Growing up with computers has become the new normal. Now I’m thinking a lot about the next new normal: growing old with them.
I’m going to get old in a world where the computers in my pocket, in my backpack, and in my home all know how to do more and more of the things I ask of them. The less capable my mind and body become, the more I need the help, the more they will be there to pick up the slack for the things that I don’t do so well anymore.
There are a lot of tiny, transactional, everyday activities that I don’t want to have to rely on another person to help me with. Play this song. Dial this phone number. Tell me what this says.
If this is the direction technology is going in, then to me, that represents an opportunity to get recurring frustrations out of the way so that I have more time and energy to spend sharing the gifts I’m excited to give, with the people around me.
Right now, my most powerful technology-enabled superpowers are all about being able to reach anyone, anywhere, to talk about anything. But I think the next superpower we’re going to get, and the one I’ll definitely want when I’m old, is to not need to use that on the hundreds of tiny, recurring challenges that creep up on me.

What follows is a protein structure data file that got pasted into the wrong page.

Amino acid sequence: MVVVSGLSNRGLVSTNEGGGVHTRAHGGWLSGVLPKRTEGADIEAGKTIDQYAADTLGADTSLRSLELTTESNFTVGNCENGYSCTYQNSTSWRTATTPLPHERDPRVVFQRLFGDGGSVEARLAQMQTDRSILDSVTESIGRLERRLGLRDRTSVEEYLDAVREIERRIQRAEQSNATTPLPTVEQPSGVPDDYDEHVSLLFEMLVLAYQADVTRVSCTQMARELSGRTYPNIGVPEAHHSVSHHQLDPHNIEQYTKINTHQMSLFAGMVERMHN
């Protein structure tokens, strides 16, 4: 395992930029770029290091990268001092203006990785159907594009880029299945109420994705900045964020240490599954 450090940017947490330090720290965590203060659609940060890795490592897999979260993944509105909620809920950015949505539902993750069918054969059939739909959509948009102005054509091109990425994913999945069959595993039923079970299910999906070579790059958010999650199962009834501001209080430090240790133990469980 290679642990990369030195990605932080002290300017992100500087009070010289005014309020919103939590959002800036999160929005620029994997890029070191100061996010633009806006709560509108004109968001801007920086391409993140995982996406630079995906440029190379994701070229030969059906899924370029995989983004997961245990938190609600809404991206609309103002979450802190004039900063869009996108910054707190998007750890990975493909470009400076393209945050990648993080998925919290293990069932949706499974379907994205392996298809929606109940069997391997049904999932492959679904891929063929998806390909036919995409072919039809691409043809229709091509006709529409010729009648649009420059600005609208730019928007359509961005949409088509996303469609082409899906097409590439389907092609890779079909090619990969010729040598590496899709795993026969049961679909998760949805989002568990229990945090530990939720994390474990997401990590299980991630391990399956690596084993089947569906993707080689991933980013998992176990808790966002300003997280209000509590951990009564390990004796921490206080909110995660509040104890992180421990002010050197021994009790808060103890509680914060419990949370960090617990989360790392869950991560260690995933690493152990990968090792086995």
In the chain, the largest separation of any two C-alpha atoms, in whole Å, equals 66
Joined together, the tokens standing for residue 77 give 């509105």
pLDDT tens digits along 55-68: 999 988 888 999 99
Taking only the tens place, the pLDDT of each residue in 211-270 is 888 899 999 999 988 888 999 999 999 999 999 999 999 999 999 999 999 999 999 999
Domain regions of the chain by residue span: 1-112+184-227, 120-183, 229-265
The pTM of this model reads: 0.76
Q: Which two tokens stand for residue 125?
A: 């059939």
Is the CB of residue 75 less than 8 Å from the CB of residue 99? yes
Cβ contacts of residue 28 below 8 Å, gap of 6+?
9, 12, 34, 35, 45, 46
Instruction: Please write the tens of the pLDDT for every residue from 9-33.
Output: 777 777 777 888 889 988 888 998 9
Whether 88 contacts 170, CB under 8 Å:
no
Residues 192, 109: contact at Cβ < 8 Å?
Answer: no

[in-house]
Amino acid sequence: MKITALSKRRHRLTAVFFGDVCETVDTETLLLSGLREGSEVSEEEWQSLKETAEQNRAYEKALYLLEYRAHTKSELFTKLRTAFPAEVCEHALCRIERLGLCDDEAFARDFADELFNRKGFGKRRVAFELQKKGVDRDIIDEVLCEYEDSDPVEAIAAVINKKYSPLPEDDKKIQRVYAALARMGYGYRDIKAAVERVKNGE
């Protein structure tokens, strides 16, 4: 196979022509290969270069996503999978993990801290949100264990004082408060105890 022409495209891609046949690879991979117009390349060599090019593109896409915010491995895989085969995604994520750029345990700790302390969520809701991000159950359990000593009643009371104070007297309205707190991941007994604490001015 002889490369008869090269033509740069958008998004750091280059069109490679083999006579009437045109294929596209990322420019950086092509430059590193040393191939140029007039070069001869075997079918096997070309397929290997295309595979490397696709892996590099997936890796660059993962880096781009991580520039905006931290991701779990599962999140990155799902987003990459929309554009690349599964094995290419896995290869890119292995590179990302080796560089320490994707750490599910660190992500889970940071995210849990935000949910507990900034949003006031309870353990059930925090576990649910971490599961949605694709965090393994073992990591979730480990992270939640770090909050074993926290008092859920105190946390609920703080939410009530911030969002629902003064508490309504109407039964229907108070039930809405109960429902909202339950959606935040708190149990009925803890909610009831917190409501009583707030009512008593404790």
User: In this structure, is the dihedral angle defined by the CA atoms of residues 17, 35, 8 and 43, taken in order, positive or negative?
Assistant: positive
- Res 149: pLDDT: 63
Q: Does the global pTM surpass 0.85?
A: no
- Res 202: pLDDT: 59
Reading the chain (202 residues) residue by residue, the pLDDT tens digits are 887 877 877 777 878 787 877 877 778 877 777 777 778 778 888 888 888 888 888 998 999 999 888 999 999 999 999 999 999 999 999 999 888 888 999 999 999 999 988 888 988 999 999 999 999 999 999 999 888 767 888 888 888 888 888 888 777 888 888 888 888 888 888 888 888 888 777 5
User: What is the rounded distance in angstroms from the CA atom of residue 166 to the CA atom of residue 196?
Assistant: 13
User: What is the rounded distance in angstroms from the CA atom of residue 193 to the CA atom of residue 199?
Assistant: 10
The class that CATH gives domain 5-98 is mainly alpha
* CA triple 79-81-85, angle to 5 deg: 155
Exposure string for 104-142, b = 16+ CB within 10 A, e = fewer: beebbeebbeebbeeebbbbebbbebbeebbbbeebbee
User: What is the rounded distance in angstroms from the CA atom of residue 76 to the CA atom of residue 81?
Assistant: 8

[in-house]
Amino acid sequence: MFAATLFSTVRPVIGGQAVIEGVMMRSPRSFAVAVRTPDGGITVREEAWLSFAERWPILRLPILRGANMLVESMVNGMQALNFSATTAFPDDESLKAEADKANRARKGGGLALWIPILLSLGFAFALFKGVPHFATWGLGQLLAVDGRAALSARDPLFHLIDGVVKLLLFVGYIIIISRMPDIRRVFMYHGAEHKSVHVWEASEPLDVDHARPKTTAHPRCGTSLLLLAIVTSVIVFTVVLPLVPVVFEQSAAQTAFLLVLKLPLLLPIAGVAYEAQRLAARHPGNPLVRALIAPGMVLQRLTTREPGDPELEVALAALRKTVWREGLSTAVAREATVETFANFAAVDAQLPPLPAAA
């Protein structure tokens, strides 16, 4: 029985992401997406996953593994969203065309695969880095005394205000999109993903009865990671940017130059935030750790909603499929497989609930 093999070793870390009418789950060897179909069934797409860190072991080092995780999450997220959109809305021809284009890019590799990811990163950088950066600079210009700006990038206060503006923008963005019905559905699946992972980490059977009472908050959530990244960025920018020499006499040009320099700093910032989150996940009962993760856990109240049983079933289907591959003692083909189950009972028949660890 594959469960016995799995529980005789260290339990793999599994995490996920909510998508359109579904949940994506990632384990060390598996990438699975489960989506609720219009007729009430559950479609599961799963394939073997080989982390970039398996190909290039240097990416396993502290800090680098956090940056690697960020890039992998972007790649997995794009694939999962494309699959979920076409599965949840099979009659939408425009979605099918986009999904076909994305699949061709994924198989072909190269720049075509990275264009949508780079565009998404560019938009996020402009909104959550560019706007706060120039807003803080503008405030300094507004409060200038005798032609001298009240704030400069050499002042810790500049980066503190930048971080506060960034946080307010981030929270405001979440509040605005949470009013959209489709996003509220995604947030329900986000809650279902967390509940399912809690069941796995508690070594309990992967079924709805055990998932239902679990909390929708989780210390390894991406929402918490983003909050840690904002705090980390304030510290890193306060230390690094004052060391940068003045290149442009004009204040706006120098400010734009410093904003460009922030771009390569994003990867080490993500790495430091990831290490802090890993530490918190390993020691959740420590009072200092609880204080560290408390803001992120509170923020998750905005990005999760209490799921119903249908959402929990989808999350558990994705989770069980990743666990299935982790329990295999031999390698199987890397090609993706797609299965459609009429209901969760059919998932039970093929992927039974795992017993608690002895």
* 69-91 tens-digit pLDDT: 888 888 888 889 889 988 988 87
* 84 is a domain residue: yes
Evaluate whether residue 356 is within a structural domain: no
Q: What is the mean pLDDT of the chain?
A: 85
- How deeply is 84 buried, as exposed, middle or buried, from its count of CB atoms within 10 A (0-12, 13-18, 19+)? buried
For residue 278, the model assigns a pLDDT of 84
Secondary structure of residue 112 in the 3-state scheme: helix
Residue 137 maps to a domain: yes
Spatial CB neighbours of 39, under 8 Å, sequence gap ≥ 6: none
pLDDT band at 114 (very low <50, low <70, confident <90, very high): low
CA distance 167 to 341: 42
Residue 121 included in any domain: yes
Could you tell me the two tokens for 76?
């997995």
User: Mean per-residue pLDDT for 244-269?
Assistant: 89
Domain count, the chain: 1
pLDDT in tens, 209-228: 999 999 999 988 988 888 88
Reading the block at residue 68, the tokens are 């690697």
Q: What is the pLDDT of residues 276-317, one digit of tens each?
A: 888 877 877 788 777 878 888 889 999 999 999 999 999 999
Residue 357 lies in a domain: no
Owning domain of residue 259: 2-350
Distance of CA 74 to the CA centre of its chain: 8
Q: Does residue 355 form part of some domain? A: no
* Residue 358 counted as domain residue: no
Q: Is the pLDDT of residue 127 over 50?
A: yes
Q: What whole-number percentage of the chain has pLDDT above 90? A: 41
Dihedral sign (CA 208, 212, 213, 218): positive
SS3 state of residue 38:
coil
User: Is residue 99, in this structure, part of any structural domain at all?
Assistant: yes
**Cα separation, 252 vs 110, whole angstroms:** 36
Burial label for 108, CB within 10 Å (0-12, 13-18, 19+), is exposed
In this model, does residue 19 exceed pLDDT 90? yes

When Apple introduced Siri, plenty of people hopped up on their well-worn soapboxes to shout to the rest of us that they don’t want some damned computer replacing their human relationships. They’re afraid that technology is making our relationships impersonal. I think they’re dead wrong. But maybe that’s because I’m not in the habit of letting insignificant problems define my relationships.
I don’t believe using a computer to tackle recurring, transactional, everyday problems gets in the way of my personal relationships one bit. If there’s ever a way that I can make a recurring problem disappear by saying a few words to a computer, that’s what I’m going to do. I’ve learned how to ask for help when I need it, but I also don’t mind not needing help with things that don’t matter.
As I become more conscious of just how limited my time is, I just want to maximize the amount of energy I’m able to spend chipping away at problems greater than my own. When my body starts to get in the way of my mind and my work, I want whatever superpower will make that a non-issue so I can get on with it.
That’s not impersonal. In fact, getting my own problems out of the way so that I can work on solving yours is about as personal as relationships can get.